Top Stories

June 29, 2022


Latest pilot framework launched for nature-related financial disclosure

The Taskforce on Nature-related Financial Disclosures (TNFD) has released the latest pilot version of its framework to help corporates outline and disclose nature-related risks and impacts in alignment with corporate reporting, as it builds towards a full release in 2023. After “overwhelmingly positive” feedback from more than 130 market participants and stakeholders across 37 countries and all five continents, minor changes were implemented to the first version of its framework. The latest version features adjustments to metrics and targets to support pilot testers of the framework, as well as further guidance to undertake impact evaluations. There has also been a further overview to help with sector classification aligned with the approach taken by the ISSB, the Sustainability Accounting Standards Board (SASB) and the Task Force on Climate-related Financial Disclosures (TCFD). (edie)


GRI unveils sustainability reporting standard for agriculture, fishing sectors

International ESG standards organisation the Global Reporting Initiative (GRI) has announced the launch of a new disclosure standard for the agriculture, aquaculture and fishing sectors. The new ‘GRI 13: Agriculture, Aquaculture and Fishing Sectors 2022’ standard includes new disclosures for the sectors on food security, land and resource rights, living wage and income, natural ecosystem conversion, animal welfare, soil health, and pesticides, and supports companies in the sectors in making connections between their impacts and all 17 UN Sustainable Development Goals. The release of the new standard follows the publication of other sector-specific standards, including the oil, gas and coal sectors. GRI plans to release additional sector standards going forward, including mining, textiles and apparel, and food and beverage. (ESG Today)


Australian mining firm BHP sets biodiversity targets in ‘social value’ push

Australian mining company BHP has announced plans to tackle biodiversity loss, in a move that it hopes will put it ahead of rivals in the race to secure the best mineral deposits in the shift to clean energy. The company is seeking to place 30% of the land and water it owns, leases or manages under conservation, restoration or regenerative practices by 2030. The biodiversity goal is part of a wider ‘social value scorecard’ that includes plans for a revised strategy on indigenous relations and full adherence to a programme on combating sexual assault and harassment in 2023. The new goals will operate alongside BHP’s existing decarbonisation targets. The company expects to spend $4 billion by the end of the decade to reduce emissions. (Financial Times)*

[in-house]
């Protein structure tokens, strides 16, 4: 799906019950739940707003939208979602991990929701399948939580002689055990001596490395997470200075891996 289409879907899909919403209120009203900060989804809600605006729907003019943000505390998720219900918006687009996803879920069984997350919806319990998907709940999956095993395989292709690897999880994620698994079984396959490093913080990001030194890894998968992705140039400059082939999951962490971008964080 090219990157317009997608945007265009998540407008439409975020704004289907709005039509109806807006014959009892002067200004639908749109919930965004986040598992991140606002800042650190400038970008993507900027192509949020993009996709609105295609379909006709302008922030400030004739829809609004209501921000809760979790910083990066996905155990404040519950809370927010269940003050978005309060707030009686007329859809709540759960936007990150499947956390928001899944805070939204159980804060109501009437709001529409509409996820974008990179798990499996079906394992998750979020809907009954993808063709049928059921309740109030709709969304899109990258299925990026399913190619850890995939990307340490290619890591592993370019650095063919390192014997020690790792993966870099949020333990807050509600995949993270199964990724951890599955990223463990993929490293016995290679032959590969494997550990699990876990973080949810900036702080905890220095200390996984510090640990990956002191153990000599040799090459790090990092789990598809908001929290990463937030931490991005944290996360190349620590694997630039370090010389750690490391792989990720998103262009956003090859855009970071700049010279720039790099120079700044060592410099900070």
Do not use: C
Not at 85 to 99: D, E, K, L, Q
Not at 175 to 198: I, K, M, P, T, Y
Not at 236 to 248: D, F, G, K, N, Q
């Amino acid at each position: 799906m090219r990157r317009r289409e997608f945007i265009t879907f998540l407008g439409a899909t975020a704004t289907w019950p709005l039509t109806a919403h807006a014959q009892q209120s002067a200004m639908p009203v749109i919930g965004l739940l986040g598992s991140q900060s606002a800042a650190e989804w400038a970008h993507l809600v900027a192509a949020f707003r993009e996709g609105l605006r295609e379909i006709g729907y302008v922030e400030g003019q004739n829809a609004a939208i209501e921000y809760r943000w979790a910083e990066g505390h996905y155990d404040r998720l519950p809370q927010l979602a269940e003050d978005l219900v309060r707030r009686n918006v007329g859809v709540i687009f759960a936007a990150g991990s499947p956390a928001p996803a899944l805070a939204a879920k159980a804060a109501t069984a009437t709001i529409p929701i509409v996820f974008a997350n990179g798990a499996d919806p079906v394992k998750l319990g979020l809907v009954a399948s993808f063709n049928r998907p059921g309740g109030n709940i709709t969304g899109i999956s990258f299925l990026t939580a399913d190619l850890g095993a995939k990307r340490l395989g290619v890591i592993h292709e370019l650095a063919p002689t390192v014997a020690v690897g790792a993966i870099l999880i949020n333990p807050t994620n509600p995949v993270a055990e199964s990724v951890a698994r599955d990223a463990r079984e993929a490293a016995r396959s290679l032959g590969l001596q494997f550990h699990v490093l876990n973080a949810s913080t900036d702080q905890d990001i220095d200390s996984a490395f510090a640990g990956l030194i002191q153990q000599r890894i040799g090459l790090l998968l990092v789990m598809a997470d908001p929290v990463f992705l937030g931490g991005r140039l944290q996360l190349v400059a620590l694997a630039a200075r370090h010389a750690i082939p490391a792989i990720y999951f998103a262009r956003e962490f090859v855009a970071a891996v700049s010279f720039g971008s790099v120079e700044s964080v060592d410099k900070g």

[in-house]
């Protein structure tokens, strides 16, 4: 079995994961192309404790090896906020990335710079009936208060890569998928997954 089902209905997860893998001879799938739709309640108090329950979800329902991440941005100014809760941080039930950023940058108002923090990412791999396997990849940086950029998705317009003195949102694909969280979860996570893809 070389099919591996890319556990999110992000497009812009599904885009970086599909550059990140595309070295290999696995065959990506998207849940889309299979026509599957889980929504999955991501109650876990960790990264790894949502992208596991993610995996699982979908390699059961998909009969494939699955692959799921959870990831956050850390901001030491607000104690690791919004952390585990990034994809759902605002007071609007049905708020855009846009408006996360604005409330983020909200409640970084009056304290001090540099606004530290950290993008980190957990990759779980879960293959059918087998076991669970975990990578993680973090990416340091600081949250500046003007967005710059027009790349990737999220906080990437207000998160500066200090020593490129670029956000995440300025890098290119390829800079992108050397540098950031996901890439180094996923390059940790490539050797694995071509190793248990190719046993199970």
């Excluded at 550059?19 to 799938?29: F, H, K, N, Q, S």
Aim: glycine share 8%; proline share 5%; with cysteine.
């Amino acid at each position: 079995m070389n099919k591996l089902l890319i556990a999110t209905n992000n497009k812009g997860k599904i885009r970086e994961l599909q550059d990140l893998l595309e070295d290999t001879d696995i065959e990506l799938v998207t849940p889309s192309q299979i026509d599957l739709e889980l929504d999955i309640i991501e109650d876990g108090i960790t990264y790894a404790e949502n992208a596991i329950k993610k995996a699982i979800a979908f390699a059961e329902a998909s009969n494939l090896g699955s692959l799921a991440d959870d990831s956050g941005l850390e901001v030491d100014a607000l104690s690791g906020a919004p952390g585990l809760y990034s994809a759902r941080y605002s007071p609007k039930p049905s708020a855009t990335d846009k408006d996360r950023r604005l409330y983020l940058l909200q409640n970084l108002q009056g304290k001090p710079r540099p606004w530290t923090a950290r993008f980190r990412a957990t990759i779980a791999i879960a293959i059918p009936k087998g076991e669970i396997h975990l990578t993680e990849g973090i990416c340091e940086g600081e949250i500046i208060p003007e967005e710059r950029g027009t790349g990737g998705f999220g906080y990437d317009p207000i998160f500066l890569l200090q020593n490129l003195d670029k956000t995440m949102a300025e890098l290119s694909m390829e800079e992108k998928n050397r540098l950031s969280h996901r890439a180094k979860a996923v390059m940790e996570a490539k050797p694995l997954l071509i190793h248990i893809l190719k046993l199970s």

Few firms making “strong progress” on deforestation, says Race to Zero

New analysis by the UN-backed ‘Race to Zero’ campaign warns that while protecting rainforests and decarbonising the industries that are driving deforestation is crucial to meeting 2050 net-zero targets, little progress is being made. The report finds that over 40% of companies considered critical for tackling tropical deforestation by the ‘Forest 500 initiative’ have now set a net-zero or 1.5oC-aligned emissions commitment – a five-fold increase from two years ago. However, Race to Zero warns that these pledges are struggling to translate into effective policies to deliver a slowdown in deforestation rates. Just 6% of companies considered critical for tackling deforestation, were found to be making “strong progress”. It estimates that over 90% of these critical companies could be at risk of missing their net-zero commitments due to a lack of progress in tackling deforestation. (Business Green)*


Roe v Wade ruling disproportionately hurts Black women, experts say

The US Supreme Court's decision to reverse Roe v Wade overturning a constitutional right to abortion is expected to have a disproportionate impact on Black women and other women of colour, according to experts. While some states have recently reaffirmed the right to an abortion, 26 states are likely or certain to ban abortion in most or all circumstances with more Black women living in states likely to ban abortion. Black women in the US are nearly four times more likely to have abortions than white women, while Latina women are twice as likely, according to 2019 data from the Centers for Disease Control and Prevention. Health experts trace the relatively high rates of abortion among Black women to disparities in healthcare access, including lack of health insurance and contraceptives in underserved communities. (Reuters)


*Subscription required






Would you love to work in sustainability, supporting big brands in their responsible business journeys? Click here to see info on our current openings. We can't wait to hear from you



Actions for Business 2022

B4SI Annual Review 2021